(Above picture from the Ken Kinlock collection. Taken in 1950’s with a “Brownie Hawkeye” camera)
In recent years, the expansion of public transit has taken other American cities by storm: Salt Lake City, Los Angeles, Denver and San Francisco, to name but a few. Yet, the City that Never Sleeps seems to have drifted off to a Rip Van Winkle state of mind.
The last time a new subway station opened in the Bronx was 1933. Brooklyn’s last opening was 1956. The Second Avenue Subway, first proposed in 1919, has been under construction — on and off — since 1972, with completion now slated for 2029. And while the 34th Street-Hudson Yards extension did open last year, it was the first new station in New York City in over a quarter century. Meanwhile, large swaths of the city — Northeast Queens, Southeast Brooklyn, the entirety of Staten Island and East Bronx — are still waiting to be connected to a subway network that is bulging at the seams.
Assemblyman Robert J. Rodriguez, D-Manhattan, represents the 68th District in East Harlem, and chairs the Assembly Subcommittee on Infrastructure.
We need to wake up and get New York moving again.
Last fall, ridership broke an all-time record: Over 6.2 million people used the subway on their way to and from work, school and recreation. As New York City is expected to gain almost 800,000 more residents by 2040, the overcrowding and unreliability of the transit system might eventually bring the city’s $1.3 trillion economy — the state’s economic engine — to a grinding halt.
Luckily, a solution is within reach.
Last week, a diverse coalition of New York City Assembly members introduced landmark legislation that will address chronic transportation funding deficits, fill transit deserts and get New York — city and state — moving again. The Move New York Fair Plan (A09633) will improve the lives of millions of New Yorkers — from downstate commuters to upstate manufacturers and their employees.
The Move NY bill will help fill the MTA’s 2015-19 capital funding gap and beyond by focusing additional investment in communities that have little or poor transit access. It will generate, through bonding, over $12 billion in transit investment in the MTA region, which means tens of thousands of jobs at subway and bus manufacturing plants in upstate counties like Clinton, Albany and Oneida, and cities like Yonkers.
Move NY also protects upstaters from what seems to be the Legislature’s default plan: increasing taxes on the state’s income earners to subsidize a downstate system they don’t use.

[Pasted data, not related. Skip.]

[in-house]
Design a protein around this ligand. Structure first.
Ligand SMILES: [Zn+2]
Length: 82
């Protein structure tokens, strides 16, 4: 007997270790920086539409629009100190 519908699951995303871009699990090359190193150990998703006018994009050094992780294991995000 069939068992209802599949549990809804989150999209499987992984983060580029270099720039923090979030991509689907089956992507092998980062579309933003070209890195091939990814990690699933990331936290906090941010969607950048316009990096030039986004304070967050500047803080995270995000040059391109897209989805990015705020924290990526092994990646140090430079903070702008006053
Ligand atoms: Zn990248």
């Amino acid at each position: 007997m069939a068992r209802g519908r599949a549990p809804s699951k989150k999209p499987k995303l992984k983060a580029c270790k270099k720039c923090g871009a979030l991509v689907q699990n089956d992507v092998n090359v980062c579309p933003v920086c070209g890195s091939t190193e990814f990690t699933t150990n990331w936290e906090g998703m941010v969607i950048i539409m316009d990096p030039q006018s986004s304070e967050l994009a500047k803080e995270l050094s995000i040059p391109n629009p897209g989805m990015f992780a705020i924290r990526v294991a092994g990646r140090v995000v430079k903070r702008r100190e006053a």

With a new, rationalized tolling system — where folks with fewer transit options pay up to 48 percent less to travel across the MTA’s outermost city bridges, and those with good transit pay their fair share to drive into the most congested area of New York City — we establish a sustainable revenue source to expand transit across the MTA’s 12-county service region while maintaining the city’s roads and bridges.
Unlike other funding mechanisms, under our bill, those who use the system contribute to it. And for the first time, they will see a real return on their investment.
Designed to fund transit projects in parts of the city with limited public transit access, the legislation’s $4.5 billion Transit Gap Investment Fund will pay for expansion projects such as the Triboro RX subway line, connecting Brooklyn, Queens and the Bronx; an LIRR subway conversion between Brooklyn and Queens; and a Bus Rapid Transit line along Staten Island’s north shore.
For the first time in history, elected representatives will work with their constituents, the MTA and NYCDOT, to help set priorities, ensuring those most in need of better service get it.
These types of projects will create over 30,000 local jobs and tens of thousands of upstate jobs above and beyond what might be created by the MTA’s five-year capital plan alone.
The longer we procrastinate, the more certain that our transit system continues to fail us and the hard-working manufacturers in upstate New York who rely on a working downstate transit system for their livelihoods.
It’s time to shake off the slumber of the last half century of disinvestment and make the investments needed to move our city and state boldly into the 21st century.